Coyote hunting is unlike any other type of hunting. It can be frustrating, challenging, and if you’re successful, quite rewarding. From off-season preparation to knowing when to pull the trigger, we’ve compiled a list of the best coyote hunting tips to help you increase your kill rate in 2016.
- Coyote hunting laws vary drastically from state to state, with some states allowing year-round hunting while other states’ seasons run from October to March. Stay up-to-date about the laws and licensing requirements in your area.
- Scout coyote hunting locations well in advance of your hunt. You can do this by talking to other hunters, setting up trail cameras, or talking to landowners who want their coyote populations thinned.
- Keep your shooting skills sharp by attending a shooting school, visiting the firing range, and/or by hunting other types of game when coyotes aren’t available.
Gun & Gear Selection
- The four most popular caliber types for coyote hunting are, in no particular order:
- .204, .223, .22-250, .243
These are ideal because they provide the best combination of accuracy, range, and firepower without being considered “overkill”.
- Domesticated dogs have an extremely astute sense of smell, and that of coyotes is even stronger. It’s vital that you cover yourself, your clothing, and your gear with scent eliminator. It’s also advisable to wear rubber boots as rubber does retain smells like other materials.
- In most coyote hunting situations, you’ll need to dress warm because coyotes prefer cooler weather. Long-johns, flannel, camouflage jackets and face paint or a mask are all recommended.
- Tree stands can be invaluable assets when coyote hunting. They give you an extended field and range of vision and they can help to neutralize a coyote’s ability to see, hear, and smell you.
Preparing for the Hunt
- Wash your clothes with a scent-free detergent, and keep them sealed in a bag or container prior to the hunt. After you’re dressed and at the hunting site, apply a scent eliminator generously to your clothing, hat, boots, gear, and tree stand or blind.
- Make sure your guns have been cleaned and tested, and have plenty of ammunition on hand.
- As with most long-haul hunting situations, keep a plastic bottle (with a top) on hand so you don’t have to leave your spot when nature calls.
- Be aware of other hunters in the area, not just the ones in your party.
- Have your stands prepared ahead of time, and set your bait and or/lures up before you set out. This will allow time for your scent to fade, there won’t be any noise to scare off potential targets, and it will leave you more time for hunting.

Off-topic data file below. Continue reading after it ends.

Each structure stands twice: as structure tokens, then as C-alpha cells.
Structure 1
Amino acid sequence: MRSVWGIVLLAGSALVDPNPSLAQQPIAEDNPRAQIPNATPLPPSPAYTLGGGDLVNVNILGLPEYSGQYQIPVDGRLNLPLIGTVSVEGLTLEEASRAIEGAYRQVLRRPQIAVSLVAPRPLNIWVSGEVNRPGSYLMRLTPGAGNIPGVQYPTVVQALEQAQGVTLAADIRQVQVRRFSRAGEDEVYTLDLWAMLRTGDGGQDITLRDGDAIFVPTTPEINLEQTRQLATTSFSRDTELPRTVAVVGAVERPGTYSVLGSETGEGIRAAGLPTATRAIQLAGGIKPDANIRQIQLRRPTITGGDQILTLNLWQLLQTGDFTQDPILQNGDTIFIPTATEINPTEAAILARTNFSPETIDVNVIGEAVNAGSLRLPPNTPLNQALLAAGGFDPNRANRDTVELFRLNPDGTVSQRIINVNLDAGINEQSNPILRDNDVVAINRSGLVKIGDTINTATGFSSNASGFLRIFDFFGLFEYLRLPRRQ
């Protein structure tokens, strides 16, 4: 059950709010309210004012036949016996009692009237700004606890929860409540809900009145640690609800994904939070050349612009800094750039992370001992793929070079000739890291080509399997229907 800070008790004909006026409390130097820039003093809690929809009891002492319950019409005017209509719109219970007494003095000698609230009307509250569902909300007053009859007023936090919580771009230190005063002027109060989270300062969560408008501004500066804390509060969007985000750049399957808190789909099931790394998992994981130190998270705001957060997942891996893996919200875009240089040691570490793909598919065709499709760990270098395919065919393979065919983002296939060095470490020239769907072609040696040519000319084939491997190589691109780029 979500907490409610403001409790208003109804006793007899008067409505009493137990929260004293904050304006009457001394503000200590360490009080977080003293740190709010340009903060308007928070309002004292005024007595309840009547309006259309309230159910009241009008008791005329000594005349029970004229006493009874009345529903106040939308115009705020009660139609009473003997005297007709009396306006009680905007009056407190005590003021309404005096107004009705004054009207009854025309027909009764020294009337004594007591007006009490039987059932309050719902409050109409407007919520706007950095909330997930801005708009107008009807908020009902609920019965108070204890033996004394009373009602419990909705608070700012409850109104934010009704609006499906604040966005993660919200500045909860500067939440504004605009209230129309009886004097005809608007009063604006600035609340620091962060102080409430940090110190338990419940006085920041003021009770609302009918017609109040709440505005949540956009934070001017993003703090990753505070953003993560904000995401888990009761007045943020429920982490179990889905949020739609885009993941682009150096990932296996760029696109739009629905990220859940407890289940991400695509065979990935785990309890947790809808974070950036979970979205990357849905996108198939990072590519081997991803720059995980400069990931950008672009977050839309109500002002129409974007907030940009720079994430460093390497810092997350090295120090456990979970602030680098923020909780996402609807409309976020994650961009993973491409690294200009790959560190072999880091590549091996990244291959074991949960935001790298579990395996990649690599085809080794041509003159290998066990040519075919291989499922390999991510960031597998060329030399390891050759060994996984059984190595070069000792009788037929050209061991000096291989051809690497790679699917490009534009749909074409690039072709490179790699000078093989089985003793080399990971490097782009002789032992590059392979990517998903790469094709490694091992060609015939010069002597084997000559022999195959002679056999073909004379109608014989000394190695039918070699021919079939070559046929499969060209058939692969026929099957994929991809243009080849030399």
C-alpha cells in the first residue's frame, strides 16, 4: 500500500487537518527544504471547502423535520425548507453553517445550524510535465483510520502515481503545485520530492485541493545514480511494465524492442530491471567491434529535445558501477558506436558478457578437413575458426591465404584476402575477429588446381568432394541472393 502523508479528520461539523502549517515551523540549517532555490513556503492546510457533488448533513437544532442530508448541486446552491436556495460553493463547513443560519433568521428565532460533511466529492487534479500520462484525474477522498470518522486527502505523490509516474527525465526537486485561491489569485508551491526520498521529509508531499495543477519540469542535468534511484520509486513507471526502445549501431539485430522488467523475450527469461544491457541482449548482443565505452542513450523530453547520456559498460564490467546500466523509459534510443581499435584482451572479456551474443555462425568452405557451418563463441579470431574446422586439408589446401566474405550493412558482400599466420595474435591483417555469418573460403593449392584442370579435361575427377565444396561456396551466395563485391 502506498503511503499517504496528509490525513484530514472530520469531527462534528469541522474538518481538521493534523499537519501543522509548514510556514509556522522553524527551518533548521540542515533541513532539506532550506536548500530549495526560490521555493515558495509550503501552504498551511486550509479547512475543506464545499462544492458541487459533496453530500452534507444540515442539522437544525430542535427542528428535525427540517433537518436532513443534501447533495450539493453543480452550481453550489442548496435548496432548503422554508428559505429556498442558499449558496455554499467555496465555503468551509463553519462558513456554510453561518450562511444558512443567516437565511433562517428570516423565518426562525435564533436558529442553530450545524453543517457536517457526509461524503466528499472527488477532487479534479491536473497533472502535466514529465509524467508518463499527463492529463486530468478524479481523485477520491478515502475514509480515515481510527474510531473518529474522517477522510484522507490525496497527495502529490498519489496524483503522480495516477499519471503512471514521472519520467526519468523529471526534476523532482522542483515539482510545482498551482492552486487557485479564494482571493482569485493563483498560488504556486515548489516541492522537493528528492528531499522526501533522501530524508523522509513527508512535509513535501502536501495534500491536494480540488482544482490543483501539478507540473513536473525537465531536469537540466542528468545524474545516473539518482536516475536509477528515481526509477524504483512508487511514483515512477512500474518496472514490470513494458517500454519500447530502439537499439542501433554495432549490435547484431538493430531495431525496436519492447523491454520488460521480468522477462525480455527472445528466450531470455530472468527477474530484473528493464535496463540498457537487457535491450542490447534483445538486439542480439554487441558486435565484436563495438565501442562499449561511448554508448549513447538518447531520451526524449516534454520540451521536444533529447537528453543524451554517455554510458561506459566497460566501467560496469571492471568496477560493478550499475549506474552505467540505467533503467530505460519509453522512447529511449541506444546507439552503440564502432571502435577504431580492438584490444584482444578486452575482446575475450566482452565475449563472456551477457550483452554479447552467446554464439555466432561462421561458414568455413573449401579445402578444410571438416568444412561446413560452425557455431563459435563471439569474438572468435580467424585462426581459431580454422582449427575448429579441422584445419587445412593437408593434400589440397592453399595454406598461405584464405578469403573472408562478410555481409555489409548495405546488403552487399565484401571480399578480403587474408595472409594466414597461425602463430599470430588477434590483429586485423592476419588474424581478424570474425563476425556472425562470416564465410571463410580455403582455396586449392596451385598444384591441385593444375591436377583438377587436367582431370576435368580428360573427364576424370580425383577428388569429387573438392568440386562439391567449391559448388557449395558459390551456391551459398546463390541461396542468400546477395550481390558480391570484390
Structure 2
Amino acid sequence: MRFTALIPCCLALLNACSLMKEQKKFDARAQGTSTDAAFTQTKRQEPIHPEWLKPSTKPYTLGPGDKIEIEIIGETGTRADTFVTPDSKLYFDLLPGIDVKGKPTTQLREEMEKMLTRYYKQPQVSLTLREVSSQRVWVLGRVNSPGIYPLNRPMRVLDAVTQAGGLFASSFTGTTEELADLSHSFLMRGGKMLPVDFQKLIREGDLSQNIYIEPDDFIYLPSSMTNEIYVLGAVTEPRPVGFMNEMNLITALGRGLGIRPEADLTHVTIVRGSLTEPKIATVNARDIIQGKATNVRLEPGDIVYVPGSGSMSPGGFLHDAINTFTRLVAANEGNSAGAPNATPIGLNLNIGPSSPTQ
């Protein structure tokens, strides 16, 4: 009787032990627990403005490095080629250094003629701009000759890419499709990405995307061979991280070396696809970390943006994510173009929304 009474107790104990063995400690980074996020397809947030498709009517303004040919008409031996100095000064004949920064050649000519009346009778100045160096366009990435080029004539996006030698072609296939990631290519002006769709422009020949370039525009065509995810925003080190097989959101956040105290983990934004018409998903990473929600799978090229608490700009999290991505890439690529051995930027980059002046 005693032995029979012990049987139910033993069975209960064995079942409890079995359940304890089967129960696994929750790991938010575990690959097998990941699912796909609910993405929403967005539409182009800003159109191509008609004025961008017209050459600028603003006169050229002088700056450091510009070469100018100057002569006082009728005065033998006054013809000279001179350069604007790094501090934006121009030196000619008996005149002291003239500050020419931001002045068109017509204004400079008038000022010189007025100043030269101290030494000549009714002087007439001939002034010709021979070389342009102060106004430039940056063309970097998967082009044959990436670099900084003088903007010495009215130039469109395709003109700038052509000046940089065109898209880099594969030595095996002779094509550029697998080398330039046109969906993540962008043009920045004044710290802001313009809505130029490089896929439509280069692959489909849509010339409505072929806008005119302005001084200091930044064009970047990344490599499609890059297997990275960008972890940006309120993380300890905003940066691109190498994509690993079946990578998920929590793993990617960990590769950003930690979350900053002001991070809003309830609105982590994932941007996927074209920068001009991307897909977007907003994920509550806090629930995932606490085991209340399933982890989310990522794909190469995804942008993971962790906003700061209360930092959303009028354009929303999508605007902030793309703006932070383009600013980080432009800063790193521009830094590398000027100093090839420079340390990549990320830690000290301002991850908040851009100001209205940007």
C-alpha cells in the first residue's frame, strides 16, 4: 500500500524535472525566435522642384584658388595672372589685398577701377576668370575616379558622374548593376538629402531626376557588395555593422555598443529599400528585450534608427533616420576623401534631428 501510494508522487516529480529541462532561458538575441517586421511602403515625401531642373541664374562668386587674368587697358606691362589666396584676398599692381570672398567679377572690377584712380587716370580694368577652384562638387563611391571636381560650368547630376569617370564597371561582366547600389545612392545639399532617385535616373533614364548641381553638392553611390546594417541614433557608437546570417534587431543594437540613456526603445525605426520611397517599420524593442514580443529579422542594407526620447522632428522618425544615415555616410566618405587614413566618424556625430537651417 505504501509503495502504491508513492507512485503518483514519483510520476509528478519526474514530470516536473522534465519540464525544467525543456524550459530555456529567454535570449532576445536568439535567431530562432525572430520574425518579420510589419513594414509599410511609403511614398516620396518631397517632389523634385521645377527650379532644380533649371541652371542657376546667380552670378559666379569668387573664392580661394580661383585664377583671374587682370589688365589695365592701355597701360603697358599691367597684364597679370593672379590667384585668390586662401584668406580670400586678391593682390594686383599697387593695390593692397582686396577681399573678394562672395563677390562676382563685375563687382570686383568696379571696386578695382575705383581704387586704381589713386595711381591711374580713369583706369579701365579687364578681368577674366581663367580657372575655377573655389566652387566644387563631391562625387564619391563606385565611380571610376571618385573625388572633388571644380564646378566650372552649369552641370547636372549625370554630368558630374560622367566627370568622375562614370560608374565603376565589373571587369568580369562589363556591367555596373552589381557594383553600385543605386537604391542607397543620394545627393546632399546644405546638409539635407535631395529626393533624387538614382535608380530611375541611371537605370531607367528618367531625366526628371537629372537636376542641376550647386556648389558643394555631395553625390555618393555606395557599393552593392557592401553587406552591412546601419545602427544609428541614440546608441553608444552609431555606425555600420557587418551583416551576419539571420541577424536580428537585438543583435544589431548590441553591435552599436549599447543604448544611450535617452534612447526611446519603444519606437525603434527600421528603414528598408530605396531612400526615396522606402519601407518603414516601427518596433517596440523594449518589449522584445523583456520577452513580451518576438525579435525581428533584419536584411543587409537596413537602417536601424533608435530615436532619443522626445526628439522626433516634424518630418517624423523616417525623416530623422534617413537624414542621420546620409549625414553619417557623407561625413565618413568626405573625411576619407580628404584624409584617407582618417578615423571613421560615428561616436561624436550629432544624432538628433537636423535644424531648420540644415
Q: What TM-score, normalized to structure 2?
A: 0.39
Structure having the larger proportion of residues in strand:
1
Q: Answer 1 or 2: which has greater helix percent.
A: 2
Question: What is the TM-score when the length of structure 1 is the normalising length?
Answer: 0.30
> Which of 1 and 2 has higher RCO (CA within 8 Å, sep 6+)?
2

Lures & Calls
- Expert coyote hunters always have calls on hand. These days, you can buy electronic calls, which are recommended if you can afford them because they eliminate the human element that can cause calling errors.
- Some hunters set up life-size coyote decoys. These decoys lure potential targets to your shooting lanes and can give you the extra time you need to get your shot off.
- There are many schools of thought on which type(s) of bait to use. Successful coyote hunters use everything from cans of dog food to a cocktail of skunk and gopher carcasses mixed with water. Bait methods are constantly evolving, so talk with your friends and check out some YouTube videos to find out what’s working right now in specific areas.
How to Gain an Advantage over Other Coyote Hunters
- Patience is a virtue, especially when it comes to coyote hunting. Wile E. Coyote earned his reputation, and you can be sure that the coyotes you’ll encounter are much more cautious and savvy than the Roadrunner’s enemy.
- Coyotes prefer to roam when the weather is cool (20-50 degrees Fahrenheit). They are more active when winds are low, but even if winds are calm you need to stay upwind to prevent them from catching a whiff of you.
- If you shoot a coyote in the wrong spot, they’ll sprint and it can be much tougher to chase a wounded coyote than a deer. Avoid center-body shots. Aiming in line with the shoulder is ideal (the same are as when deer hunting) and if you can get a straight-on head shot, take it. If the coyote is in your sights but on the move, try yelling out in your own voice to get it to stop. When it pauses, pull the trigger.
- Document as much as possible about your hunts. This includes the date, time weather, wind conditions, equipment used, and your successes as well as your failures. Keeping a journal will give you an edge over hunters who simply rely on memory.
The best coyote hunting tips come from experience, and each of the aforementioned tips came directly from successful coyote hunters who have each spent years mastering this art. We hope you’ll find these tips useful, and we’d love to hear what works for you. Also, feel free to let us know if you have a coyote hunting tip you’d like to see added to our list. Happy hunting!